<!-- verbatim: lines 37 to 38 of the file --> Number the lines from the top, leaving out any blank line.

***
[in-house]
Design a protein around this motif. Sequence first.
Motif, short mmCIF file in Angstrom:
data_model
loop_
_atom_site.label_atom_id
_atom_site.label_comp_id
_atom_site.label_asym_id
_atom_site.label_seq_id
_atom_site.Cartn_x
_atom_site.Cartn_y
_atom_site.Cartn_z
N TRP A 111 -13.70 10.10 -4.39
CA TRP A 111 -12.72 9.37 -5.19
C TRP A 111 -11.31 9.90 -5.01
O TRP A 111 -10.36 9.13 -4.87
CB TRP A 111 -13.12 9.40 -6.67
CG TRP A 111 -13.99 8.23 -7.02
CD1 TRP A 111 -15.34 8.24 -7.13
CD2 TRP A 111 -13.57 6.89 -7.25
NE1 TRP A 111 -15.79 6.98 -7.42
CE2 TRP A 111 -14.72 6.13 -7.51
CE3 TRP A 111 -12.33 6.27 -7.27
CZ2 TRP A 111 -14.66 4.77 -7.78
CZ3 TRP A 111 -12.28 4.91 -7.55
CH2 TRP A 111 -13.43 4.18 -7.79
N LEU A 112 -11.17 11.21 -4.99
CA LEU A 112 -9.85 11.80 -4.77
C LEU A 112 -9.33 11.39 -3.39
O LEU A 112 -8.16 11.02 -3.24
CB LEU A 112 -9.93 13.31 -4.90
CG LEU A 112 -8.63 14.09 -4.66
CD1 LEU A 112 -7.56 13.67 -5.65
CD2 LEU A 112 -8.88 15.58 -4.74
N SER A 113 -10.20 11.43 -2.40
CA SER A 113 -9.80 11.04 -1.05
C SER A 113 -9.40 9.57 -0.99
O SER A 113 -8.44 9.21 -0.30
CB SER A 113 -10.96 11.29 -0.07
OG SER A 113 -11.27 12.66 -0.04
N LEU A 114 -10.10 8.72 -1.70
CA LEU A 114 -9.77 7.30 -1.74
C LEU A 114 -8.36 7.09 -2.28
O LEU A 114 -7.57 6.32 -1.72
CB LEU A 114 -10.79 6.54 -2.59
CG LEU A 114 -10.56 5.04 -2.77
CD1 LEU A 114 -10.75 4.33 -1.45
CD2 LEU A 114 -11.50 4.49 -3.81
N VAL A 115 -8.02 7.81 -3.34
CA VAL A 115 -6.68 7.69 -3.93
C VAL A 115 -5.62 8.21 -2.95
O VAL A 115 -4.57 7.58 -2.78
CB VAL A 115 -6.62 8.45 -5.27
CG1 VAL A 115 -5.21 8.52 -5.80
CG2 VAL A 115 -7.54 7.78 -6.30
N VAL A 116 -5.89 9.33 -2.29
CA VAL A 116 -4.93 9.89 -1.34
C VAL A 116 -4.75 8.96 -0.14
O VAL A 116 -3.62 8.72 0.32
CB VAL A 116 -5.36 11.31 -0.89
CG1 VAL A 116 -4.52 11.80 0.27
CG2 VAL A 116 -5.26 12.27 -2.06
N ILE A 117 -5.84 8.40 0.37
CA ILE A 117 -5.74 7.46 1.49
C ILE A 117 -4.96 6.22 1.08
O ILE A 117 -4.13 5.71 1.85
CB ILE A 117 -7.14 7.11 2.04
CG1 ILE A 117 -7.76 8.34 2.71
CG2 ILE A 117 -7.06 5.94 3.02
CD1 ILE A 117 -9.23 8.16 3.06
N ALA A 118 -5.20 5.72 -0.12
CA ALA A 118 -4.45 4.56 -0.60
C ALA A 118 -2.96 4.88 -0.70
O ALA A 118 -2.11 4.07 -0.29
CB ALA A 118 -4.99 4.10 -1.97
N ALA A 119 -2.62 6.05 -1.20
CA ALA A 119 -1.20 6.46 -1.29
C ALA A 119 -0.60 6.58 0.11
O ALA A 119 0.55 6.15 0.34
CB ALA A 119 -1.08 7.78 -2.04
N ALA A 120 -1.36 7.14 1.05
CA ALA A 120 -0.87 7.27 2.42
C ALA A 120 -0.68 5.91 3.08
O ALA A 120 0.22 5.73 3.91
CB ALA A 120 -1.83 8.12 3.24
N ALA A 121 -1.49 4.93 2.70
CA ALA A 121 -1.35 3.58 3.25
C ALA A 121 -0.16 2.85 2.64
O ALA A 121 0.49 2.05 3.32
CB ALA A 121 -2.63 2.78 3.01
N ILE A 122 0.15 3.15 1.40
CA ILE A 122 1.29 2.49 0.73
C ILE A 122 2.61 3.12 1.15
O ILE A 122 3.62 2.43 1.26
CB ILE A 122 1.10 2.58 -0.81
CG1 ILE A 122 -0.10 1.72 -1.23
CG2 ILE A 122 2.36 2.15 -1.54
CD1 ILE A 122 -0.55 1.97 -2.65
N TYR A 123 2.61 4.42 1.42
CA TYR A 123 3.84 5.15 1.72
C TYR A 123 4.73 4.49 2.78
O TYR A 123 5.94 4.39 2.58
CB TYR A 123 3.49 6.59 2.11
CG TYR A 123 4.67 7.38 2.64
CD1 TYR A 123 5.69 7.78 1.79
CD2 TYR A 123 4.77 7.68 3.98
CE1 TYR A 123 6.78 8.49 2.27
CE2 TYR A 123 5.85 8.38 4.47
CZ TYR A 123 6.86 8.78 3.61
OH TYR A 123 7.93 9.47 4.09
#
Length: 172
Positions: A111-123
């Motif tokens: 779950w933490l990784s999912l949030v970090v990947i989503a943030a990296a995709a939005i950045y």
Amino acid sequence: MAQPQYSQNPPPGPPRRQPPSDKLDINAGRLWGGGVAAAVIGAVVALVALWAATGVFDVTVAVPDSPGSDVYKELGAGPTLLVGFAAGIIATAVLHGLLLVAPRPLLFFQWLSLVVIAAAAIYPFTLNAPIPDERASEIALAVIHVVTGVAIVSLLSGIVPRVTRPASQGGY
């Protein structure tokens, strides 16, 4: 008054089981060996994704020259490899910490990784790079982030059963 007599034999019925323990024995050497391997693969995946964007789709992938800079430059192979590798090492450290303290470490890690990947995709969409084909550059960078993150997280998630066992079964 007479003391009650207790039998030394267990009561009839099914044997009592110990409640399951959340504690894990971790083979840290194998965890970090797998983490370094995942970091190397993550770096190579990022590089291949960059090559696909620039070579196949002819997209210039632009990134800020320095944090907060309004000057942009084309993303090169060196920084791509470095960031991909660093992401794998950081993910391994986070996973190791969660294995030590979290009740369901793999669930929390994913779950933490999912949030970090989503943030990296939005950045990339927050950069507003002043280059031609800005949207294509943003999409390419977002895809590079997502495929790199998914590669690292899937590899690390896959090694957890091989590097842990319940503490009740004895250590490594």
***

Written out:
C SER A 113 -9.40 9.57 -0.99
O SER A 113 -8.44 9.21 -0.30